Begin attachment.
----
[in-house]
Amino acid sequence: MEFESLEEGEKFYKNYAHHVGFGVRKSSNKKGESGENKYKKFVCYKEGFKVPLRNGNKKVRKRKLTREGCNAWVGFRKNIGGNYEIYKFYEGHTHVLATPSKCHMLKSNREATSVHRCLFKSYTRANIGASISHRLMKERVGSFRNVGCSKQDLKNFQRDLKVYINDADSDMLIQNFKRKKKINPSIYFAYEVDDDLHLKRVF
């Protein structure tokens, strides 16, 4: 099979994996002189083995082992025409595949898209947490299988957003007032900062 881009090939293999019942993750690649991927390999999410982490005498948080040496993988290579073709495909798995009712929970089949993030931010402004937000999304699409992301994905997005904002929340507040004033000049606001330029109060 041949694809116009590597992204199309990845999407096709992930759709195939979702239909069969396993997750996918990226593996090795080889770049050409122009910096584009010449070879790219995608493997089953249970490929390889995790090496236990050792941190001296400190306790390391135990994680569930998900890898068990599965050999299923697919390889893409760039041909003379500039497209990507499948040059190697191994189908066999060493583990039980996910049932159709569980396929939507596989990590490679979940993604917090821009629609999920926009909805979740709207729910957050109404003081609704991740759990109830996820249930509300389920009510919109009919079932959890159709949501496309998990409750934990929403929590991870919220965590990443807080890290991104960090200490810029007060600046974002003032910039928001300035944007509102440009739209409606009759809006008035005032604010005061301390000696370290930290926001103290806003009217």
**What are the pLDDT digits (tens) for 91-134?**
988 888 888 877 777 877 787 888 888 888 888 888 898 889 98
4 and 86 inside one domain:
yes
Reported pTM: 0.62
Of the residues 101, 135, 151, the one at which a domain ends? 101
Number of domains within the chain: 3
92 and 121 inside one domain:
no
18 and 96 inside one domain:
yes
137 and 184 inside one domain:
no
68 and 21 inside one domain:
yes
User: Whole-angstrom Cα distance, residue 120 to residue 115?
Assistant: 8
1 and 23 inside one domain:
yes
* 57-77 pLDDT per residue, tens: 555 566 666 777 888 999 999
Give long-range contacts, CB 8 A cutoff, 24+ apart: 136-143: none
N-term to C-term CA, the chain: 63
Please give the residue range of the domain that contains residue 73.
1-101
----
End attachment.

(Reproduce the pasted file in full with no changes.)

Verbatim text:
[in-house]
Amino acid sequence: MEFESLEEGEKFYKNYAHHVGFGVRKSSNKKGESGENKYKKFVCYKEGFKVPLRNGNKKVRKRKLTREGCNAWVGFRKNIGGNYEIYKFYEGHTHVLATPSKCHMLKSNREATSVHRCLFKSYTRANIGASISHRLMKERVGSFRNVGCSKQDLKNFQRDLKVYINDADSDMLIQNFKRKKKINPSIYFAYEVDDDLHLKRVF
């Protein structure tokens, strides 16, 4: 099979994996002189083995082992025409595949898209947490299988957003007032900062 881009090939293999019942993750690649991927390999999410982490005498948080040496993988290579073709495909798995009712929970089949993030931010402004937000999304699409992301994905997005904002929340507040004033000049606001330029109060 041949694809116009590597992204199309990845999407096709992930759709195939979702239909069969396993997750996918990226593996090795080889770049050409122009910096584009010449070879790219995608493997089953249970490929390889995790090496236990050792941190001296400190306790390391135990994680569930998900890898068990599965050999299923697919390889893409760039041909003379500039497209990507499948040059190697191994189908066999060493583990039980996910049932159709569980396929939507596989990590490679979940993604917090821009629609999920926009909805979740709207729910957050109404003081609704991740759990109830996820249930509300389920009510919109009919079932959890159709949501496309998990409750934990929403929590991870919220965590990443807080890290991104960090200490810029007060600046974002003032910039928001300035944007509102440009739209409606009759809006008035005032604010005061301390000696370290930290926001103290806003009217």
**What are the pLDDT digits (tens) for 91-134?**
988 888 888 877 777 877 787 888 888 888 888 888 898 889 98
4 and 86 inside one domain:
yes
Reported pTM: 0.62
Of the residues 101, 135, 151, the one at which a domain ends? 101
Number of domains within the chain: 3
92 and 121 inside one domain:
no
18 and 96 inside one domain:
yes
137 and 184 inside one domain:
no
68 and 21 inside one domain:
yes
User: Whole-angstrom Cα distance, residue 120 to residue 115?
Assistant: 8
1 and 23 inside one domain:
yes
* 57-77 pLDDT per residue, tens: 555 566 666 777 888 999 999
Give long-range contacts, CB 8 A cutoff, 24+ apart: 136-143: none
N-term to C-term CA, the chain: 63
Please give the residue range of the domain that contains residue 73.
1-101